Lewis Donzis <firstname.lastname@example.org> wrote:
David Bacon wrote:
Use the “tar” command, including compression if you wish. If the result is
still likely to be bigger than 2GB, pipe tar’s output into “split”.
tar would be fine, but then how do you un-tar the file on to the new
disk in a production environment? It seems that we’d have to boot up
QNX, run fdisk/dinit, and then un-tar the file. The target system will
not have a CD or even a diskette to boot from.
We could use an external disk duplicator, but it would be nice if it
didn’t have to copy the entire 60GB in order to move about 15MB of
First, the disks had better actually be identical. (Exact same
h/t/s etc, otherwise a duplicated partition table could be bad
Do you need to have it all be one partition?
Create the “constant” part of your file system as one partition,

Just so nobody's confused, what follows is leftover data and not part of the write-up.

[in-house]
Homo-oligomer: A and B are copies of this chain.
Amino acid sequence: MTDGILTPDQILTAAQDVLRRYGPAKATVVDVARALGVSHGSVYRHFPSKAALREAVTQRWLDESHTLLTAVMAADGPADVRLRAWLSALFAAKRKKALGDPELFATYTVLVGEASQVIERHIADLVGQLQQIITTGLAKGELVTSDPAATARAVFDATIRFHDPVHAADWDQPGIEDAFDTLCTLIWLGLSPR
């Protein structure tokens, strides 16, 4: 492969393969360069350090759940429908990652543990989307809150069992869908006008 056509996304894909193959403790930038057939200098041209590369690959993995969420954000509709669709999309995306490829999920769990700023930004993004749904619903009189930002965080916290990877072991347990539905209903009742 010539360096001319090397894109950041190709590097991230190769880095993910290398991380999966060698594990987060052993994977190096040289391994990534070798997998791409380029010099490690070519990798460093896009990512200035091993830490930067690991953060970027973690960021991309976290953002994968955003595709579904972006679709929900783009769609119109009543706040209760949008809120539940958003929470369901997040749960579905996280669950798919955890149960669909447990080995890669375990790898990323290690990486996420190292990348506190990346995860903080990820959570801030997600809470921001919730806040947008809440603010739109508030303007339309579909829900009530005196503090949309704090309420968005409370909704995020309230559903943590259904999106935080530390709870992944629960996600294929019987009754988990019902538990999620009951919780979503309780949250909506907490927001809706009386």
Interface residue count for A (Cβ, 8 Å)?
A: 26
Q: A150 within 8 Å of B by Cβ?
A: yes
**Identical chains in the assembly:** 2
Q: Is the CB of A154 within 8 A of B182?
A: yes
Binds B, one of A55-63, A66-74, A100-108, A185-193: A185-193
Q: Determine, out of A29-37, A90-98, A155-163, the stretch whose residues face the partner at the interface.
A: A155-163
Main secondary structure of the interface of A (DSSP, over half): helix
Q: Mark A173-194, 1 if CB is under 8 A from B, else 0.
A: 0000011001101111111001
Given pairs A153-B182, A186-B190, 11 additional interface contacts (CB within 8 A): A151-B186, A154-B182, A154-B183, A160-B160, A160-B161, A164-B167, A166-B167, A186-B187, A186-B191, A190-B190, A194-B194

and mount it as /, maybe even mount it read-only on your target.
Create the “open” part of your file system as a filesystem on
a second partition, and don’t put anything on it.
Then, duplicate the entire constant partition and just the first
bit of the second. (I’m pretty sure that if you create a partition
then just do a “dinit” on it, its only going to write to a bunch
of blocks at the start of the partition, rather than modify blocks all
the way along. You could test it just to make sure.)
Or, you might create this 2nd partition dynamically, by creating a
boot script, that on first boot creates and dinits (and even copies
initial stuff over onto) the 2nd partition, then replaces this
“initializer” boot script with a “normal run” boot script.
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